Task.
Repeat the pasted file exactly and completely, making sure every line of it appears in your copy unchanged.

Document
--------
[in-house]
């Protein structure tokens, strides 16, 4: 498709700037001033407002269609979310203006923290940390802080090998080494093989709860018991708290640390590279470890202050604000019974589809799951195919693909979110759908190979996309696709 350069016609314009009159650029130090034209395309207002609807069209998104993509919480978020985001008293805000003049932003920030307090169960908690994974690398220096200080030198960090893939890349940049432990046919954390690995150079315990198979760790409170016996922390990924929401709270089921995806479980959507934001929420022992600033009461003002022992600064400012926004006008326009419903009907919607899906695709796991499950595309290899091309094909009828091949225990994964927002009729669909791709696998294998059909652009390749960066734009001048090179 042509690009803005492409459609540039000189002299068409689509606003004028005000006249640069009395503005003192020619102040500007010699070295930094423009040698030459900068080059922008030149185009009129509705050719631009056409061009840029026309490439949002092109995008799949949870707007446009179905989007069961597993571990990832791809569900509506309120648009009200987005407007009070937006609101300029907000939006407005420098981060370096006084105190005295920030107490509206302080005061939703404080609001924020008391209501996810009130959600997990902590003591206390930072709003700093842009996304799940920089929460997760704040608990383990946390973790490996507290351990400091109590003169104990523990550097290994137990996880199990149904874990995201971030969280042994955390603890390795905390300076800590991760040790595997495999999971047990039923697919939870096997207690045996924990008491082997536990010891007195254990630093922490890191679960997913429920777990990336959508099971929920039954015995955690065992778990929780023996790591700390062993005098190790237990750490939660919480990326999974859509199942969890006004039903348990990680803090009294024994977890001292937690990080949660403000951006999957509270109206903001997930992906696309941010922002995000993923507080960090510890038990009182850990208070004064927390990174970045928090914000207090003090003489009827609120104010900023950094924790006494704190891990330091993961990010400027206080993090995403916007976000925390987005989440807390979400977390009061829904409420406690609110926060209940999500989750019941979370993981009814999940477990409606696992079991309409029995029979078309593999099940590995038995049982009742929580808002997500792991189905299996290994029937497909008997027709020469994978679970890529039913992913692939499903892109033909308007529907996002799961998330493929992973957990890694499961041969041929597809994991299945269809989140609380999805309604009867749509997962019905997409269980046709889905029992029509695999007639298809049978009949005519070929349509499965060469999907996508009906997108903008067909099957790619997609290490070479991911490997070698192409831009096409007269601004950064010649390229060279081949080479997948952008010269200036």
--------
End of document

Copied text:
[in-house]
């Protein structure tokens, strides 16, 4: 498709700037001033407002269609979310203006923290940390802080090998080494093989709860018991708290640390590279470890202050604000019974589809799951195919693909979110759908190979996309696709 350069016609314009009159650029130090034209395309207002609807069209998104993509919480978020985001008293805000003049932003920030307090169960908690994974690398220096200080030198960090893939890349940049432990046919954390690995150079315990198979760790409170016996922390990924929401709270089921995806479980959507934001929420022992600033009461003002022992600064400012926004006008326009419903009907919607899906695709796991499950595309290899091309094909009828091949225990994964927002009729669909791709696998294998059909652009390749960066734009001048090179 042509690009803005492409459609540039000189002299068409689509606003004028005000006249640069009395503005003192020619102040500007010699070295930094423009040698030459900068080059922008030149185009009129509705050719631009056409061009840029026309490439949002092109995008799949949870707007446009179905989007069961597993571990990832791809569900509506309120648009009200987005407007009070937006609101300029907000939006407005420098981060370096006084105190005295920030107490509206302080005061939703404080609001924020008391209501996810009130959600997990902590003591206390930072709003700093842009996304799940920089929460997760704040608990383990946390973790490996507290351990400091109590003169104990523990550097290994137990996880199990149904874990995201971030969280042994955390603890390795905390300076800590991760040790595997495999999971047990039923697919939870096997207690045996924990008491082997536990010891007195254990630093922490890191679960997913429920777990990336959508099971929920039954015995955690065992778990929780023996790591700390062993005098190790237990750490939660919480990326999974859509199942969890006004039903348990990680803090009294024994977890001292937690990080949660403000951006999957509270109206903001997930992906696309941010922002995000993923507080960090510890038990009182850990208070004064927390990174970045928090914000207090003090003489009827609120104010900023950094924790006494704190891990330091993961990010400027206080993090995403916007976000925390987005989440807390979400977390009061829904409420406690609110926060209940999500989750019941979370993981009814999940477990409606696992079991309409029995029979078309593999099940590995038995049982009742929580808002997500792991189905299996290994029937497909008997027709020469994978679970890529039913992913692939499903892109033909308007529907996002799961998330493929992973957990890694499961041969041929597809994991299945269809989140609380999805309604009867749509997962019905997409269980046709889905029992029509695999007639298809049978009949005519070929349509499965060469999907996508009906997108903008067909099957790619997609290490070479991911490997070698192409831009096409007269601004950064010649390229060279081949080479997948952008010269200036």